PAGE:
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Bilingualism Facilitates The Ability To Compete In The Globalized World

1863 words - 7 pages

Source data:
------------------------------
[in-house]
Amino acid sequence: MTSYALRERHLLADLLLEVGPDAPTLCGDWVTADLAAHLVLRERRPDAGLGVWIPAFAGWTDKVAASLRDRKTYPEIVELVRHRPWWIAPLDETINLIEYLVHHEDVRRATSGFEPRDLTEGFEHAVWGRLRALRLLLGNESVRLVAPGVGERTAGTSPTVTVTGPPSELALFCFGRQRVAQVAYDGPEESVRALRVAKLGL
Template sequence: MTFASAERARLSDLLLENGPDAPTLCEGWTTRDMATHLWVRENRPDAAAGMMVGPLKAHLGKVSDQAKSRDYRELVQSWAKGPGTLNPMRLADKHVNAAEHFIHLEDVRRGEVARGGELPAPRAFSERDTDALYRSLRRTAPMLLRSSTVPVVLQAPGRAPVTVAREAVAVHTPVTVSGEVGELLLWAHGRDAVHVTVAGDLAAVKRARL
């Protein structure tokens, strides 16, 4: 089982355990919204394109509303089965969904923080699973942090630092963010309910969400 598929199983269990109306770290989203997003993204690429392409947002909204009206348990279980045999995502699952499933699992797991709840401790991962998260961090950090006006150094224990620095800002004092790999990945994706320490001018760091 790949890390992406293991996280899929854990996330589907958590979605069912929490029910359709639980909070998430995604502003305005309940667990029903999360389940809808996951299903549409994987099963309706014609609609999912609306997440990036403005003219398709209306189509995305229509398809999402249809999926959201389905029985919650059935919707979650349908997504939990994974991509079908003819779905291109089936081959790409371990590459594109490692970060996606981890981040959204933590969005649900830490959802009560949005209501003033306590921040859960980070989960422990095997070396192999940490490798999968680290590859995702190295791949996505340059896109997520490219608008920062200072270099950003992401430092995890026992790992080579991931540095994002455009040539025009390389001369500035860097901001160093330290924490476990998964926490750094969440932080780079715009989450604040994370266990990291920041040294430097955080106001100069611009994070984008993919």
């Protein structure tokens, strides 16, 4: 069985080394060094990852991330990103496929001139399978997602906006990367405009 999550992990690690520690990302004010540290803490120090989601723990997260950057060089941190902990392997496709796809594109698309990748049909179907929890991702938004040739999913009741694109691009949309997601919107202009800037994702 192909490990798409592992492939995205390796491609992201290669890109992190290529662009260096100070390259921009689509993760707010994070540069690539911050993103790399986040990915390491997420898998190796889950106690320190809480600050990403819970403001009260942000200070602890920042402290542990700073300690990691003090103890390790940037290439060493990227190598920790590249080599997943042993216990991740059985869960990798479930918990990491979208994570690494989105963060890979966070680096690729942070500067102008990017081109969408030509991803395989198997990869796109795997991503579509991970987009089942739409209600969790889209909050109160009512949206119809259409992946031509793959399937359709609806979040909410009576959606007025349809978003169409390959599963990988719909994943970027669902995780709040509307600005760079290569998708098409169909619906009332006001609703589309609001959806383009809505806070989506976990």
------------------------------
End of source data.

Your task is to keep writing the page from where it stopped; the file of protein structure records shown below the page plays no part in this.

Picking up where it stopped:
In today's globalized world the borders between cultures and societies are becoming increasingly blurred. Cultural and national ideologies are becoming intertwined in a process that is extremely difficult to observe or define due to its complexity. In the English language (by way of derivation) this complex system of occurrences and processes has been dubbed 'globalization'. According to the English dictionary by Merriam-Webster, globalization is defined as the following "the act or process of globalizing: the state of being globalized; especially: the development of an increasingly integrated global economy marked especially by free trade, free flow of capital, and the tapping of cheaper foreign labor markets" (Merriam-Webster). For the purpose of this essay the term 'globalized world' is in reference to the world as an international community, and the societies affected by this integration between nations, cultures, and industries that is presently occurring. Humanity has long ago chosen spoken language as our primary form of communication and thus language is the key factor that both unites and separates us individually, culturally, and often politically. The meshing of cultures caused by globalization has caused vast increases in bilingualism and multilingualism. The definition of bilingualism is the ability to speak two languages, and multilingualism is defined as the ability to speak in more than two languages (Merriam-Webster). For the purpose of this essay the term multilingual will be used as an umbrella term referring also to bilingualism. This essay will debate the importance of being multilingual in the globalized world and prove the following. Increases in multilingual speakers will cause industry, information, and general communication to flow around the globe more quickly, in turn increasing general knowledge and economic growth for all parties involved.To discuss multilingualism it is important to remember that developed nations are the societies in discussion, seeing as the globalized world is where multilingualism is highest. In a remote village (of any region) where one language is spoken, it is not as important or useful for individuals to be multilingual. In the global village the importance of knowing how to communicate with many other cultures is high for many reasons. Are we as individuals responsible for increasing communication and cultural understanding by learning other languages? Do we have a duty to others to learn their methods of communication and vice-versa? Political turmoil can be aided through understanding between cultures, because of the translation between the languages of enemy nations, and the removal of linguistic miscommunication. It is often difficult to understand why learning a second language is not more popular in places like America due to the infinite usefulness of doing so. "For many Americans, bilingual education seems to defy common sense - not to mention the Melting Pot tradition." (NABE) This...

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